St. Joseph’s Feast Day, A Sicilian Tradition Alive in Queens

Happy St. Joseph’s Day!!!

My hunch is that you’ve most likely heard of St. Patrick’s Day but St. Joseph’s Day? Not so much.

As the husband of Mary and the foster-father of Jesus, St. Joseph is the patron saint of families and heads of families, workers, and for a peaceful death. We know very little about his life according to the Gospel texts but the small bits of information we do have indicate a life where he had to make some pretty tough decisions. It has been argued that he lived in an age of anxiety, much like we do today.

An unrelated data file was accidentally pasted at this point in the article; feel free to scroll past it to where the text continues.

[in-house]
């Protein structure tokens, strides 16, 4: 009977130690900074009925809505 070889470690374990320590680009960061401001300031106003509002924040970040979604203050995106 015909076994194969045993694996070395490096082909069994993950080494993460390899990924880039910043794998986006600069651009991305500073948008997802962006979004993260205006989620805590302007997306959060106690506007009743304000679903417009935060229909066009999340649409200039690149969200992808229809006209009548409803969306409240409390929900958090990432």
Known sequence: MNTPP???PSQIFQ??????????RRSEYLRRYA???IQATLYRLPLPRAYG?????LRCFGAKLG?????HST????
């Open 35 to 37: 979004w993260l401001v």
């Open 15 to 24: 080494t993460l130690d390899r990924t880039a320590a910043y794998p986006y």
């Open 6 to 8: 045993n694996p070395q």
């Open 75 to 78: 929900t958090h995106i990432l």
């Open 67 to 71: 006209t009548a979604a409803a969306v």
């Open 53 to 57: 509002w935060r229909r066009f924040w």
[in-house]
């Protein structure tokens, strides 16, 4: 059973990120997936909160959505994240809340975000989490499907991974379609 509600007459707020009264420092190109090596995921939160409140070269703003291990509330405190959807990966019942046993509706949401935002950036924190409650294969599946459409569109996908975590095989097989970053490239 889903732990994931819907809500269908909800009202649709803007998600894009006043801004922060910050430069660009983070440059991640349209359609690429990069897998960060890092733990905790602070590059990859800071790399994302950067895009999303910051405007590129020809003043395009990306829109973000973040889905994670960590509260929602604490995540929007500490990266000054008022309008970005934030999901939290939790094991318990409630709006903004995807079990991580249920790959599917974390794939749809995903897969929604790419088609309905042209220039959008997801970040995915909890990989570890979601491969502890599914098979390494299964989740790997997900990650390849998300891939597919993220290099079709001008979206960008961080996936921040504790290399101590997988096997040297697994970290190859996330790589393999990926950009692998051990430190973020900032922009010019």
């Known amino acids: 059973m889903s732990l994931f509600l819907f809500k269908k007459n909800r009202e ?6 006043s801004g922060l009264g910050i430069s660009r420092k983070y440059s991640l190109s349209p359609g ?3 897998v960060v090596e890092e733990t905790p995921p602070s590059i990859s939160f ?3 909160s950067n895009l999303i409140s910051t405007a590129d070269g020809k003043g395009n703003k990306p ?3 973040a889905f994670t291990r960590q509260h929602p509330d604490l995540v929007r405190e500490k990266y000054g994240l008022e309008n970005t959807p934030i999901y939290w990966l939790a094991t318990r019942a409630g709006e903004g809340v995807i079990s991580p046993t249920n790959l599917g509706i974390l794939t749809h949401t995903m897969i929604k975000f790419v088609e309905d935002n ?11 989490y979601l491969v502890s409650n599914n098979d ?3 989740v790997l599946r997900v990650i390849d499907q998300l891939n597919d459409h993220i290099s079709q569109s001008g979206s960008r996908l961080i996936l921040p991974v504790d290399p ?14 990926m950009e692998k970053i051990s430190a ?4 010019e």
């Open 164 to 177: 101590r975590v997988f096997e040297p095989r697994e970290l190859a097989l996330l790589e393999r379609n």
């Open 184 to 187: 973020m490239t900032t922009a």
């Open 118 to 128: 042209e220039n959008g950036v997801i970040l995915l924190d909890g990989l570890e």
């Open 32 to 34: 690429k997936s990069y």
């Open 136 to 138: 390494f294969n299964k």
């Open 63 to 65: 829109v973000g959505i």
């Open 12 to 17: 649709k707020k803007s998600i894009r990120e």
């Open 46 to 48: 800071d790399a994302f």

Popular lore says that Sicilians beseeched St. Joseph for rain during a severe drought in the Middle Ages. In response to answered prayers, they celebrated his feast day on March 19 by attending Mass and preparing a table filled with an abundance of food. This table has come to be known as a St. Joseph’s Altar, full of loaves of bread and baked goods shaped into popular Christian symbols. It also includes wine, fish, and other symbols that typically represent St. Joseph such as lilies, hammers, and nails. Even breadcrumbs may be found on the table representing the sawdust of a carpenter. Meat is absent from the altar because the feast day falls during the season of Lent when Catholics abstain from meat on Fridays. Altars are a physical space used to create a connection between the human and divine worlds. In this case, believers use the St. Joseph altar to place a petition or give thanks for prayers answered.  This tradition arrived in America with the Sicilian immigrants but it has spread to other ethnic groups who are interested in celebrating St. Joseph.  In Baton Rouge, Louisiana, the creation of a St. Joseph altar is shared by many members of the Catholic community.